Universität Wien FIND

140219 PS EU-Africa Politics: Postcolonial Collaborations and Negotiations (2019W)

Continuous assessment of course work

Registration/Deregistration

Details

max. 25 participants
Language: German

Lecturers

Classes (iCal) - next class is marked with N

In case you have specific needs regarding accessibility, please communicate them asap, before the first session, to the lecturer and the office of the department of African Studies.

Tuesday 08.10. 11:00 - 13:00 Inst. f. Afrikawissenschaften, Seminarraum 2 UniCampus Hof 5 2M-O1-06
Tuesday 15.10. 11:00 - 13:00 Inst. f. Afrikawissenschaften, Seminarraum 2 UniCampus Hof 5 2M-O1-06
Tuesday 22.10. 11:00 - 13:00 Inst. f. Afrikawissenschaften, Seminarraum 2 UniCampus Hof 5 2M-O1-06
Tuesday 29.10. 11:00 - 13:00 Inst. f. Afrikawissenschaften, Seminarraum 2 UniCampus Hof 5 2M-O1-06
Tuesday 05.11. 11:00 - 13:00 Inst. f. Afrikawissenschaften, Seminarraum 2 UniCampus Hof 5 2M-O1-06
Tuesday 12.11. 11:00 - 13:00 Inst. f. Afrikawissenschaften, Seminarraum 2 UniCampus Hof 5 2M-O1-06
Tuesday 26.11. 11:00 - 13:00 Inst. f. Afrikawissenschaften, Seminarraum 2 UniCampus Hof 5 2M-O1-06
Tuesday 03.12. 11:00 - 13:00 Inst. f. Afrikawissenschaften, Seminarraum 2 UniCampus Hof 5 2M-O1-06
Tuesday 10.12. 11:00 - 13:00 Inst. f. Afrikawissenschaften, Seminarraum 2 UniCampus Hof 5 2M-O1-06
Tuesday 17.12. 11:00 - 13:00 Inst. f. Afrikawissenschaften, Seminarraum 2 UniCampus Hof 5 2M-O1-06
Tuesday 07.01. 11:00 - 13:00 Inst. f. Afrikawissenschaften, Seminarraum 2 UniCampus Hof 5 2M-O1-06
Tuesday 14.01. 11:00 - 13:00 Inst. f. Afrikawissenschaften, Seminarraum 2 UniCampus Hof 5 2M-O1-06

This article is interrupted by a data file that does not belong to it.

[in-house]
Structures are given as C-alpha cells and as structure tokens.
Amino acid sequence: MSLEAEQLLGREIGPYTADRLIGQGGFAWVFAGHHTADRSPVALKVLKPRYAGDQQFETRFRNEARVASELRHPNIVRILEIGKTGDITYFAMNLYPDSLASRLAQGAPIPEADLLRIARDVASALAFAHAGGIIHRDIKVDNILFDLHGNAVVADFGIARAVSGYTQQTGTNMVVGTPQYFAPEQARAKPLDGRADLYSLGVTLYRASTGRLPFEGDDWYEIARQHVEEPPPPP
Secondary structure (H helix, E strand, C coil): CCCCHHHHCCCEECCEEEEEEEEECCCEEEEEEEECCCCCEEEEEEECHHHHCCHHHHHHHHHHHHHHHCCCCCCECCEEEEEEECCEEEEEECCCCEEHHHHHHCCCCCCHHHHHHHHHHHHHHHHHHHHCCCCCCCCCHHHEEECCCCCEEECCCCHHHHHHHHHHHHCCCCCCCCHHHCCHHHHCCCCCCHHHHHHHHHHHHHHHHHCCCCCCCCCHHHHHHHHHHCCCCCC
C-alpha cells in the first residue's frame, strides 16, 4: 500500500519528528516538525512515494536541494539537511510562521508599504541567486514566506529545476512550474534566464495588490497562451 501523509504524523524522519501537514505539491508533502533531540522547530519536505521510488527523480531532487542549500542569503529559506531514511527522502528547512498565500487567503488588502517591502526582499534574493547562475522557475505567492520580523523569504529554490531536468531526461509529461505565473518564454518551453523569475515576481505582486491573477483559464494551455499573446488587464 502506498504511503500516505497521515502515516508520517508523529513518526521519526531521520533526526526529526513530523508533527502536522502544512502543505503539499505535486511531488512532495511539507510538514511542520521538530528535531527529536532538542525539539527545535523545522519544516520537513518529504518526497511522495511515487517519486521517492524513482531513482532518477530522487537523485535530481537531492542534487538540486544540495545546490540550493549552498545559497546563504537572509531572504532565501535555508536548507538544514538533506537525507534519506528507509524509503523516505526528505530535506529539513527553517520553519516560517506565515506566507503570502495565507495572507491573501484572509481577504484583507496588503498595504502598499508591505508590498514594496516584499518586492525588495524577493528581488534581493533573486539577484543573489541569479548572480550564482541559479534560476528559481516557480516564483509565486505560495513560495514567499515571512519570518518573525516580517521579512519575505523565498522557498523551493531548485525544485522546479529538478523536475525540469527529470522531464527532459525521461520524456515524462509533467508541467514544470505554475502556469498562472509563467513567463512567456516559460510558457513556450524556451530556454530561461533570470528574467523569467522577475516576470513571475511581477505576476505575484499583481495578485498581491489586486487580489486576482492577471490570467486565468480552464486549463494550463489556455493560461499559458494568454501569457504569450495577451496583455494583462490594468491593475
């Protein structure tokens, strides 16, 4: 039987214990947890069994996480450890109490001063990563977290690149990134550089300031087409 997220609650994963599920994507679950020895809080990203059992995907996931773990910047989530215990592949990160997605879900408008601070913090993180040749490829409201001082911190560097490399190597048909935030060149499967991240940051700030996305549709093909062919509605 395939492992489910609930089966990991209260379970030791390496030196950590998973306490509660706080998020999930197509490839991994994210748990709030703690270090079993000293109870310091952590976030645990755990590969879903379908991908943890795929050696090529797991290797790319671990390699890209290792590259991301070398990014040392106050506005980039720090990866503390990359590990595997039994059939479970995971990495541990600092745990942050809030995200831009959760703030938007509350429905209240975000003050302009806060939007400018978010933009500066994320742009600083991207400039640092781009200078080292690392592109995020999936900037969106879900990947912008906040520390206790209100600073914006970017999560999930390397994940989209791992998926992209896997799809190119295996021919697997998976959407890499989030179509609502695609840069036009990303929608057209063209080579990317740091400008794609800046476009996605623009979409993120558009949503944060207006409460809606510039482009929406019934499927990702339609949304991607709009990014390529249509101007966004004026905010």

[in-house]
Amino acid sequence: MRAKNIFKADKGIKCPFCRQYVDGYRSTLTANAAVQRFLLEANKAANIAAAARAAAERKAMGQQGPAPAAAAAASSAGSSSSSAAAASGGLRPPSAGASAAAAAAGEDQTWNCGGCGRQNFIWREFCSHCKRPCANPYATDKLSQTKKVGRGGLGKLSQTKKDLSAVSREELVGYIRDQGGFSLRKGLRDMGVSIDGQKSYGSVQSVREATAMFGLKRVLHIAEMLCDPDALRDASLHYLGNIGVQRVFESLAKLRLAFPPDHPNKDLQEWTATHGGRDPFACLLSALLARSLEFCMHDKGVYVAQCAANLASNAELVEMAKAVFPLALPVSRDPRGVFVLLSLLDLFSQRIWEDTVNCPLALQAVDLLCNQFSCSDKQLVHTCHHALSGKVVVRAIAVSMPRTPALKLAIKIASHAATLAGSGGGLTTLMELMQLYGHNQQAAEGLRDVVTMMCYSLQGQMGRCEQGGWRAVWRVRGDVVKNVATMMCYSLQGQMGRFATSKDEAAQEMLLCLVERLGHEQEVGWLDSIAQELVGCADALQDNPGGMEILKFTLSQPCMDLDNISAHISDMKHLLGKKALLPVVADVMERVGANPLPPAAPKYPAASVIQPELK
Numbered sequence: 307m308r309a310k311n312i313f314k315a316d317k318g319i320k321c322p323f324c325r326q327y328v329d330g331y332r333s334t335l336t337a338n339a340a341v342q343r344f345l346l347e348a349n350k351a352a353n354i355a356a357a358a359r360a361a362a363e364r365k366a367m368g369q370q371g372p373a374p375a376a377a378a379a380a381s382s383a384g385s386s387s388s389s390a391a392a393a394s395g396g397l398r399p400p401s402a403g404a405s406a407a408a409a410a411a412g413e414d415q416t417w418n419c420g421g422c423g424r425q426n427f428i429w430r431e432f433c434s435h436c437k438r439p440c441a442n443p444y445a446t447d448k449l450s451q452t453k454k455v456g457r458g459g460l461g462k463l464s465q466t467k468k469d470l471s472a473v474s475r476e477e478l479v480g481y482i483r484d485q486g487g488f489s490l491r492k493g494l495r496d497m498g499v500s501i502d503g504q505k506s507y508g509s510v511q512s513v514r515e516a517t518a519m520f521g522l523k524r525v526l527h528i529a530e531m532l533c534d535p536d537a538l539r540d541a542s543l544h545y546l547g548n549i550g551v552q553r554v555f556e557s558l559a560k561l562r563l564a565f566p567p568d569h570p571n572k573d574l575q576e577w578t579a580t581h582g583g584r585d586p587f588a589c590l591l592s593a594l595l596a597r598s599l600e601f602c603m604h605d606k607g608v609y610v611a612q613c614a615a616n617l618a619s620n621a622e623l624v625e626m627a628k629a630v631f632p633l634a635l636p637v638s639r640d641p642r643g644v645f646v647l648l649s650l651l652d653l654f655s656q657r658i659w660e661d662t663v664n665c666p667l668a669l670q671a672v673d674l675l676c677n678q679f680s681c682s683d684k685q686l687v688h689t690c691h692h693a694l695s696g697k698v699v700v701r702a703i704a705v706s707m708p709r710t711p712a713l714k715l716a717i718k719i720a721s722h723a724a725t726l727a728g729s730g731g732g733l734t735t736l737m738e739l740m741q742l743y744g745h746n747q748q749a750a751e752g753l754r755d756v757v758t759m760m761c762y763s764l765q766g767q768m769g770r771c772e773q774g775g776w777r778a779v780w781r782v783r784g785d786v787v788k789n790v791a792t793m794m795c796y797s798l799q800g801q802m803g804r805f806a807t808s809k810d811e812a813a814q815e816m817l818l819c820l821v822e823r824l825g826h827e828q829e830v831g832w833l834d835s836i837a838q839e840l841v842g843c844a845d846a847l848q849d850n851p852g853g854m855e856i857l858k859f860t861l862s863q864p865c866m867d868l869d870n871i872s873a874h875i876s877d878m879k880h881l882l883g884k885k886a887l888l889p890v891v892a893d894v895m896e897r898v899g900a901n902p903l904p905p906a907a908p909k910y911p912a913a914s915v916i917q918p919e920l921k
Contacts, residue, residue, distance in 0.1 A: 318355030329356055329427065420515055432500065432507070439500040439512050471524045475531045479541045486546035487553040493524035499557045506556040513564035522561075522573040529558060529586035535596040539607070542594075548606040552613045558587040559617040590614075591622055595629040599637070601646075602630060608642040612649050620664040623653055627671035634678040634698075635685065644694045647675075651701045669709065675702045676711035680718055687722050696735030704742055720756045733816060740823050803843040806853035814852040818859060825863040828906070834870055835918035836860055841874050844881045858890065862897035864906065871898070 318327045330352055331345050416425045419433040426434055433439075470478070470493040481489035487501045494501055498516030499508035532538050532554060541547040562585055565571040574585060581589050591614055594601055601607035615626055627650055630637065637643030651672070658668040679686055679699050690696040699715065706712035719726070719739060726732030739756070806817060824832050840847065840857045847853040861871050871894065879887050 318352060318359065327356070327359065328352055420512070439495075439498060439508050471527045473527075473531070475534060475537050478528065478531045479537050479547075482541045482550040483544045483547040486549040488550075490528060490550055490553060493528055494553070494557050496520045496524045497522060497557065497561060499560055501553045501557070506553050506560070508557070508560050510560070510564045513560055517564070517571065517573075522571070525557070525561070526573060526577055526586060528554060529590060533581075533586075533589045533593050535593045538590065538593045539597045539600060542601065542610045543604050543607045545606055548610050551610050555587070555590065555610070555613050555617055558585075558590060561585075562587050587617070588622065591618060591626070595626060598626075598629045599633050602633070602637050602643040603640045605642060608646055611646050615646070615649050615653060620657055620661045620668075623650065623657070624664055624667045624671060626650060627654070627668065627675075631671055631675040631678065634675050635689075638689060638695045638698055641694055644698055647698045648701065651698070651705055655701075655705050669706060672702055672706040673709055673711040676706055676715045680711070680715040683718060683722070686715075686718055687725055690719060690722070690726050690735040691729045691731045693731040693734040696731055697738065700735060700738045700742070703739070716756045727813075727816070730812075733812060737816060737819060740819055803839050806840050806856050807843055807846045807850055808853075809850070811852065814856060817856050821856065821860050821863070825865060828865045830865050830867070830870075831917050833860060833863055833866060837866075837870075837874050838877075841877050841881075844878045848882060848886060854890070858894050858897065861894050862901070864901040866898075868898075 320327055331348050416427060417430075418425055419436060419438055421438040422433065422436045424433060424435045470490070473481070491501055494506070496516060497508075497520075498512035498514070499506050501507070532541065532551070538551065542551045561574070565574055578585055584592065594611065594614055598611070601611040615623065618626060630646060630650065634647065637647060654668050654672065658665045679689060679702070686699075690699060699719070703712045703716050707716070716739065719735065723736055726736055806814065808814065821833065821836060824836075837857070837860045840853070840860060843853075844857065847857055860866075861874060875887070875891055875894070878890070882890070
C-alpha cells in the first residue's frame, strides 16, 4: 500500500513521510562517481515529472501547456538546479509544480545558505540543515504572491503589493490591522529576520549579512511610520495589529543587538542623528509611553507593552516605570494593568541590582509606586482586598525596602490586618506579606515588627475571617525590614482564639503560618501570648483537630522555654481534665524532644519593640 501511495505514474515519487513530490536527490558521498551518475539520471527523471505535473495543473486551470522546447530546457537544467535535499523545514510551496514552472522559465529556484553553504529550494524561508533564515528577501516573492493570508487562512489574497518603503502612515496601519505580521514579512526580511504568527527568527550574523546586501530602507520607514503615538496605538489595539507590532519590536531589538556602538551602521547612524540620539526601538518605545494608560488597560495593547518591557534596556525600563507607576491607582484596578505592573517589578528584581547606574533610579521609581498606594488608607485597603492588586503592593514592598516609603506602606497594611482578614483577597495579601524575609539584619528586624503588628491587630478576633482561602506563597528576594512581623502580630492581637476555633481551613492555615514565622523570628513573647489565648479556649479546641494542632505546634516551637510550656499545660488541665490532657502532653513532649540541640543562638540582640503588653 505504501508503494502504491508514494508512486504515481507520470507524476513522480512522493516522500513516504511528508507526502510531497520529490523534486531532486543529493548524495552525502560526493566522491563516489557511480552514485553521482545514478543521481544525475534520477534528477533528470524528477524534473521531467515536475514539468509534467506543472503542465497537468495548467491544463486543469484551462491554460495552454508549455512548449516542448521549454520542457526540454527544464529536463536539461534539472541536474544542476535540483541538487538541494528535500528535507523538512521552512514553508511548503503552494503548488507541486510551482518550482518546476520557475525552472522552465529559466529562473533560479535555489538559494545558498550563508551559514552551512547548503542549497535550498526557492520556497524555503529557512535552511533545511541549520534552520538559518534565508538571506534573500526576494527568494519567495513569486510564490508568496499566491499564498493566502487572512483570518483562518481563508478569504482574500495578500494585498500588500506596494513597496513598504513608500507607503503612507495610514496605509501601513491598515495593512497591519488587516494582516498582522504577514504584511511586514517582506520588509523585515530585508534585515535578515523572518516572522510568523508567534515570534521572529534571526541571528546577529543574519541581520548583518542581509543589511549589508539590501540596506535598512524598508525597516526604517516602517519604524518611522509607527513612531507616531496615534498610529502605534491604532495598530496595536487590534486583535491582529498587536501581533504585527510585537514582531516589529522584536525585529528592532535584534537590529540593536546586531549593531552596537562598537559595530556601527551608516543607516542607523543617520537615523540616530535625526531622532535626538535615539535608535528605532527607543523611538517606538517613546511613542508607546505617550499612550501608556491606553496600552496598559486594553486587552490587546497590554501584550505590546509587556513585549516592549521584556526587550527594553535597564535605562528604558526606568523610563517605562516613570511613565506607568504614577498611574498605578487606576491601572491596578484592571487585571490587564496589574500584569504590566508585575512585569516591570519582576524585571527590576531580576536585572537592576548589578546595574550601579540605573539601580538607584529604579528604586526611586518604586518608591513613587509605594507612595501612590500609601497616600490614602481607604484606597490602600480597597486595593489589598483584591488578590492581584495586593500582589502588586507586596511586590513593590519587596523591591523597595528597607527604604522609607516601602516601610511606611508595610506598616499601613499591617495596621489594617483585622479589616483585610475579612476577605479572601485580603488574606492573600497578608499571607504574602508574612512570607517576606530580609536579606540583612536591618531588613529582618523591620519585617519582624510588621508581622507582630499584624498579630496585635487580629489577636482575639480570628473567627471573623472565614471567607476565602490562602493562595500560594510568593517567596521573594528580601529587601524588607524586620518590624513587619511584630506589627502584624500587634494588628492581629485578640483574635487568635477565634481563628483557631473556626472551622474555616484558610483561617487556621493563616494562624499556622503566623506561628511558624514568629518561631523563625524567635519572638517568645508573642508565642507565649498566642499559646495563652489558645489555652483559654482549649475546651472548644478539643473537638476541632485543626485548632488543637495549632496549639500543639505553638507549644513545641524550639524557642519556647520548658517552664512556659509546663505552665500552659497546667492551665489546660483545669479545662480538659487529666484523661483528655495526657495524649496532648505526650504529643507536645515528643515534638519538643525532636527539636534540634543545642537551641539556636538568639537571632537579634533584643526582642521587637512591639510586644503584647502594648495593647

Tuesday 21.01. 11:00 - 13:00 Inst. f. Afrikawissenschaften, Seminarraum 2 UniCampus Hof 5 2M-O1-06
Tuesday 28.01. 11:00 - 13:00 Inst. f. Afrikawissenschaften, Seminarraum 2 UniCampus Hof 5 2M-O1-06

Information

Aims, contents and method of the course

In this pro-seminar, we engage with EU-Africa-Politics, which include free trade agreements in form of EPAs (Economic Partnership Agreements), security cooperation such as SSRs (Security Sector Reform) or education programs. Since the “summer of migration” 2015, EU (development) politics have increasingly focused on African countries; 2017 was EU's "Africa Year". In this regard, an increased focus on “migration control” can be observed: Development-, trade as well as security policies target the control of migration between the African continent and the EU as well as between African countries. In doing so, they reinforce colonial borders dating back to the 19th century.

Against this backdrop, in this course we focus on EU-Africa-Politics and postcolonial power constellations. In the first part, the relation between the EU and ACP-countries (African, Caribbean and Pacific group of states) is discussed with regard to colonialism. On the basis of primary and secondary literature, we engage with perspectives that frame EU-Africa-Politics as “neo-colonial” (Nkrumah 1965; Langan 2018) or as “centre- periphery”- related (Rodney 1982).
The second part focuses on the broad spectrum of EU-Africa-Politics. On the basis of discussions of required reading and short presentations of extra reading on the part of students we discuss the institutional setting (Cotonou agreement, Joint Africa-EU Strategy (JAES)) as well as cooperation such as trade agreements, migration cooperation or security policies. A guiding question consists in how notions of “partnership”, “ownership” or “dialogue” represent new (old) notions of “development” and how they negotiate power relations between the EU and African countries. EU-Africa-Politics shall not only be discussed with regard to collobarations between the actors involved; negotiations also imply the question of how politics are implemented and whether they are contested from the side of African actors, from the Agenda 2063 of the African Union to activist networks like afrique-europe-interact (vgl. https://afrique-europe-interact.net/).